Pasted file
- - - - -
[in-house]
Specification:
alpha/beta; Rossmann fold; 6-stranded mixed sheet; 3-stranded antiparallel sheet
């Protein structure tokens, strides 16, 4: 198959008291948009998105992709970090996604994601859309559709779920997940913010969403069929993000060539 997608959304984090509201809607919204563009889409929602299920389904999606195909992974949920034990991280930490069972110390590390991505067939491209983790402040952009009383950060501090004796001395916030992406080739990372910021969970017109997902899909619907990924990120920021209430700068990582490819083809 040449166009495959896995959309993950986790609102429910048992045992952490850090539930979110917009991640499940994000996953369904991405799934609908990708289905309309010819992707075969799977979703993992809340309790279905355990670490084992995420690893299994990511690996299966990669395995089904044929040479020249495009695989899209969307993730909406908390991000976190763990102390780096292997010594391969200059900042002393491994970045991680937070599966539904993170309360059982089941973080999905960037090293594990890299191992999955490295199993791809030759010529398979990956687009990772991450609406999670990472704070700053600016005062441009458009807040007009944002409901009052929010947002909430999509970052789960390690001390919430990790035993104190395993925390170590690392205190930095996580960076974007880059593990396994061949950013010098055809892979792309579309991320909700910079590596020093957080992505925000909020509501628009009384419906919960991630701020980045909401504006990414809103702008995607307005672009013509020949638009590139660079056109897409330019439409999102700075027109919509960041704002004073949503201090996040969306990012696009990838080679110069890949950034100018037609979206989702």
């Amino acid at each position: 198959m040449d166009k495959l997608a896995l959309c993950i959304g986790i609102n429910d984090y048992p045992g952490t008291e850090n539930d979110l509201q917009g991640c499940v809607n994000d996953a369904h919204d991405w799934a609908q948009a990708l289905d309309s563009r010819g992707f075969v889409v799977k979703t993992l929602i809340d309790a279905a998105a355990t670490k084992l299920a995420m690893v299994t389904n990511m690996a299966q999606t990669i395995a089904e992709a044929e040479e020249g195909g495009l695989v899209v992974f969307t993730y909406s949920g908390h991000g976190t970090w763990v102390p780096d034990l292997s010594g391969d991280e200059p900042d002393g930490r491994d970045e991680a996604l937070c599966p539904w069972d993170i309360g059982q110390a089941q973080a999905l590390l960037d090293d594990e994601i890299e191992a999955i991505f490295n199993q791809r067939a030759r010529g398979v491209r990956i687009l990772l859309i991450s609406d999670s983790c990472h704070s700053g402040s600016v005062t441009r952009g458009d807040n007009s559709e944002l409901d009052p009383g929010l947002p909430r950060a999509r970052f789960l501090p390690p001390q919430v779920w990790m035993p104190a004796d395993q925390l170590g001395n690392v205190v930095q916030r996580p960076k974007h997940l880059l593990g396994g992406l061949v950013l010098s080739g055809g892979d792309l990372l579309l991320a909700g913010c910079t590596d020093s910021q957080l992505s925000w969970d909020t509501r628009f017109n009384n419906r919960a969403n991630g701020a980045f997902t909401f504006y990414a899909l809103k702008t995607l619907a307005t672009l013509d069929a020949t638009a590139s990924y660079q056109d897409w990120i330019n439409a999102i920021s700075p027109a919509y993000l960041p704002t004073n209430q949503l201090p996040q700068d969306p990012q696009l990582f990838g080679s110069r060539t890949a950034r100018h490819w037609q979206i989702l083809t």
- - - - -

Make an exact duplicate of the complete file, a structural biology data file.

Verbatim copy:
[in-house]
Specification:
alpha/beta; Rossmann fold; 6-stranded mixed sheet; 3-stranded antiparallel sheet
């Protein structure tokens, strides 16, 4: 198959008291948009998105992709970090996604994601859309559709779920997940913010969403069929993000060539 997608959304984090509201809607919204563009889409929602299920389904999606195909992974949920034990991280930490069972110390590390991505067939491209983790402040952009009383950060501090004796001395916030992406080739990372910021969970017109997902899909619907990924990120920021209430700068990582490819083809 040449166009495959896995959309993950986790609102429910048992045992952490850090539930979110917009991640499940994000996953369904991405799934609908990708289905309309010819992707075969799977979703993992809340309790279905355990670490084992995420690893299994990511690996299966990669395995089904044929040479020249495009695989899209969307993730909406908390991000976190763990102390780096292997010594391969200059900042002393491994970045991680937070599966539904993170309360059982089941973080999905960037090293594990890299191992999955490295199993791809030759010529398979990956687009990772991450609406999670990472704070700053600016005062441009458009807040007009944002409901009052929010947002909430999509970052789960390690001390919430990790035993104190395993925390170590690392205190930095996580960076974007880059593990396994061949950013010098055809892979792309579309991320909700910079590596020093957080992505925000909020509501628009009384419906919960991630701020980045909401504006990414809103702008995607307005672009013509020949638009590139660079056109897409330019439409999102700075027109919509960041704002004073949503201090996040969306990012696009990838080679110069890949950034100018037609979206989702």
């Amino acid at each position: 198959m040449d166009k495959l997608a896995l959309c993950i959304g986790i609102n429910d984090y048992p045992g952490t008291e850090n539930d979110l509201q917009g991640c499940v809607n994000d996953a369904h919204d991405w799934a609908q948009a990708l289905d309309s563009r010819g992707f075969v889409v799977k979703t993992l929602i809340d309790a279905a998105a355990t670490k084992l299920a995420m690893v299994t389904n990511m690996a299966q999606t990669i395995a089904e992709a044929e040479e020249g195909g495009l695989v899209v992974f969307t993730y909406s949920g908390h991000g976190t970090w763990v102390p780096d034990l292997s010594g391969d991280e200059p900042d002393g930490r491994d970045e991680a996604l937070c599966p539904w069972d993170i309360g059982q110390a089941q973080a999905l590390l960037d090293d594990e994601i890299e191992a999955i991505f490295n199993q791809r067939a030759r010529g398979v491209r990956i687009l990772l859309i991450s609406d999670s983790c990472h704070s700053g402040s600016v005062t441009r952009g458009d807040n007009s559709e944002l409901d009052p009383g929010l947002p909430r950060a999509r970052f789960l501090p390690p001390q919430v779920w990790m035993p104190a004796d395993q925390l170590g001395n690392v205190v930095q916030r996580p960076k974007h997940l880059l593990g396994g992406l061949v950013l010098s080739g055809g892979d792309l990372l579309l991320a909700g913010c910079t590596d020093s910021q957080l992505s925000w969970d909020t509501r628009f017109n009384n419906r919960a969403n991630g701020a980045f997902t909401f504006y990414a899909l809103k702008t995607l619907a307005t672009l013509d069929a020949t638009a590139s990924y660079q056109d897409w990120i330019n439409a999102i920021s700075p027109a919509y993000l960041p704002t004073n209430q949503l201090p996040q700068d969306p990012q696009l990582f990838g080679s110069r060539t890949a950034r100018h490819w037609q979206i989702l083809t």